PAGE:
As a proxy for broader scholarly opinion on this re-translation, Smith looks at translations produced since then by non-evangelical Bible publishers. Other Protestant Bibles continued to translate the passage as “miscarriage” or “miscarry,” including the New Revised Standard Version (1989), Contemporary English Version (1995), The Message (2001), and the Common English Bible (2011). Hebrew Bibles translated the passage variably as “miscarry,” “miscarriage,” “her fruit depart,” or “child dies,” including the Living Torah (1981), Jewish Publication Society (1985), Complete Jewish Bible (1981), and Koren Jerusalem Bible (2008). And Catholic Bibles, despite official teaching from the Church that there is a right to life from the moment of conception, continued to translate the passage in the traditional way: “miscarriage” or “miscarry” (New Jerusalem Bible, 1985; New American Bible Revised Standard Edition, 2011).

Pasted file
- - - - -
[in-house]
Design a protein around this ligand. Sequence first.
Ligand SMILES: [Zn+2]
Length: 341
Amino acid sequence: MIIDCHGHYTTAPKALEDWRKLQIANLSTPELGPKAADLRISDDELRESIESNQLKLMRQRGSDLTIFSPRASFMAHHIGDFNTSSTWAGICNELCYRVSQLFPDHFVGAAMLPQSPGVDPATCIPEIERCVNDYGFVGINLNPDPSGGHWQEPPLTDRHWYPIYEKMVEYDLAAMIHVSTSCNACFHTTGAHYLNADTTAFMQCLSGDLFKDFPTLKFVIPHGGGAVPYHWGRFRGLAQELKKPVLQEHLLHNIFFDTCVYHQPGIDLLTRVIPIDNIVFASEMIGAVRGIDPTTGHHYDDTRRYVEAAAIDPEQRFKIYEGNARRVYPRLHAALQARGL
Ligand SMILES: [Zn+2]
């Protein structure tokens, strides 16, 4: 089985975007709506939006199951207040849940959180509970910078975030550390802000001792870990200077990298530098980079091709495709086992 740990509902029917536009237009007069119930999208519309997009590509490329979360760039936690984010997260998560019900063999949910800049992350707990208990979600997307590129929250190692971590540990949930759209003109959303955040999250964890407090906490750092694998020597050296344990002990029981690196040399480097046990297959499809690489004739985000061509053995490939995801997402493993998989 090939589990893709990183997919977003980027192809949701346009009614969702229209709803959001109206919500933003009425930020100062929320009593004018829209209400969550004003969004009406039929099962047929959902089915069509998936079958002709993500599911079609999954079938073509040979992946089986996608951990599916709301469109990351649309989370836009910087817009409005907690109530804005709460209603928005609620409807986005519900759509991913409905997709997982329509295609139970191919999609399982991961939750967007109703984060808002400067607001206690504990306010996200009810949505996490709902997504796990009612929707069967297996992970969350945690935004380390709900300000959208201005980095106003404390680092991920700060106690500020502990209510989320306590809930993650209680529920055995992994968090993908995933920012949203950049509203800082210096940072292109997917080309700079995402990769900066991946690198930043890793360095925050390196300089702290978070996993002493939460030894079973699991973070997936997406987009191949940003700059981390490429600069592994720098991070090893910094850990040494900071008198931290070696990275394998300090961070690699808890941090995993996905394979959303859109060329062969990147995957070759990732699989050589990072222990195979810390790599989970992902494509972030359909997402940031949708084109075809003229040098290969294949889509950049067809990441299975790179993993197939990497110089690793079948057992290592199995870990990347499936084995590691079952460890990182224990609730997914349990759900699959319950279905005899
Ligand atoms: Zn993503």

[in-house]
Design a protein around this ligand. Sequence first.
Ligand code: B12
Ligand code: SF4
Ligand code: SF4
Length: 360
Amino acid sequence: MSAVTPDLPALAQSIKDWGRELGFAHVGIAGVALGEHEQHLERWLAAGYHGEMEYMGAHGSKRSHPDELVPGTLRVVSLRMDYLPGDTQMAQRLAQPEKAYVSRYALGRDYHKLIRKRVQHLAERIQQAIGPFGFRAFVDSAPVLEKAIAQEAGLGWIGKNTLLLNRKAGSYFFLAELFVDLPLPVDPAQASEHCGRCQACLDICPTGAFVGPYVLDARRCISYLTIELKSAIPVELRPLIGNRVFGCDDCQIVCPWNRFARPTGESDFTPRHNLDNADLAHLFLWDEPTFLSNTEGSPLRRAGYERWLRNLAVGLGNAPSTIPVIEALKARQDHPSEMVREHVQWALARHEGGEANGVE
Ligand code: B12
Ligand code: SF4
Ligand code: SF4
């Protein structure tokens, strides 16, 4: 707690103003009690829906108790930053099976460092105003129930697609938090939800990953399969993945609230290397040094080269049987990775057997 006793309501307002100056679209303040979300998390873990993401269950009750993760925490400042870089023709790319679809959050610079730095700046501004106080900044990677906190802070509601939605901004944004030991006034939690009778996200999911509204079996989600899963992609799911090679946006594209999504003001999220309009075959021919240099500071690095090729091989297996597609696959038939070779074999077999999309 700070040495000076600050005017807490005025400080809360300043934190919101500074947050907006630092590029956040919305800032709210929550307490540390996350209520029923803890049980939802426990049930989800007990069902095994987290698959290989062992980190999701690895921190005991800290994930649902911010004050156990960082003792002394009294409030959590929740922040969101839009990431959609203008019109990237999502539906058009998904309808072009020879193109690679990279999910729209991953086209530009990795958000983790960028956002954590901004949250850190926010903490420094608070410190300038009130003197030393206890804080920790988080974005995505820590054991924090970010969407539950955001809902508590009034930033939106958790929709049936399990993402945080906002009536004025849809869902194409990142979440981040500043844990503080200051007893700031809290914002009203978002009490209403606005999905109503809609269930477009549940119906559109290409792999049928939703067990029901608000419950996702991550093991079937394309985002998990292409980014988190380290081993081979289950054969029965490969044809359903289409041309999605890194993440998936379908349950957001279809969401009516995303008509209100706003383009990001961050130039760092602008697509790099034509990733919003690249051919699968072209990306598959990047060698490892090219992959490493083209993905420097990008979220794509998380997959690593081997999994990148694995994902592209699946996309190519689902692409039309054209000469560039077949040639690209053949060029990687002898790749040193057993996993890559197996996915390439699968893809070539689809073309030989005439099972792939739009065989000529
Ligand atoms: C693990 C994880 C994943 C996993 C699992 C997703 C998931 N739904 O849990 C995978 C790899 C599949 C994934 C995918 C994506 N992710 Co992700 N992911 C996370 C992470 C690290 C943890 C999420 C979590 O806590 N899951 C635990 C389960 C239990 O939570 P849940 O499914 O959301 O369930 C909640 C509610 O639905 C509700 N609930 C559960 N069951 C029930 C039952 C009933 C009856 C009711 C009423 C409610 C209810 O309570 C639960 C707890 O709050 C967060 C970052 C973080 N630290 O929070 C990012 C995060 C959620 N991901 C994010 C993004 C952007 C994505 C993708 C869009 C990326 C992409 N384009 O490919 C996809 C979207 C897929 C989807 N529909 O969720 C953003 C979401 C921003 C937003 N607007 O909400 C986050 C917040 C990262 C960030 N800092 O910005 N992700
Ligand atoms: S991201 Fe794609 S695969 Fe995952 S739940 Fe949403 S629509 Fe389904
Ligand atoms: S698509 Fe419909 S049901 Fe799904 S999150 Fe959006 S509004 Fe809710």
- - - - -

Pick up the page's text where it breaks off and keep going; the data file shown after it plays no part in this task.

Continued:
The novel translation of Exodus 21:22-23 allowed the founders of the evangelical Right to neutralize previous, Bible-based reservations about Catholic pro-life activism. By 1980, Jerry Falwell was off to the races. “The Bible clearly states that life begins at conception,” he declared in his book Listen America! Abortion “is murder according to the Word of God.” Falwell’s major reference for this claim was Psalm 139:13, where the author writes that God “knit me together in my mother’s womb.” Most biblical scholars, however, including many in the evangelical community, argue that this passage deals with God’s foreknowledge and omniscience, not with when life begins.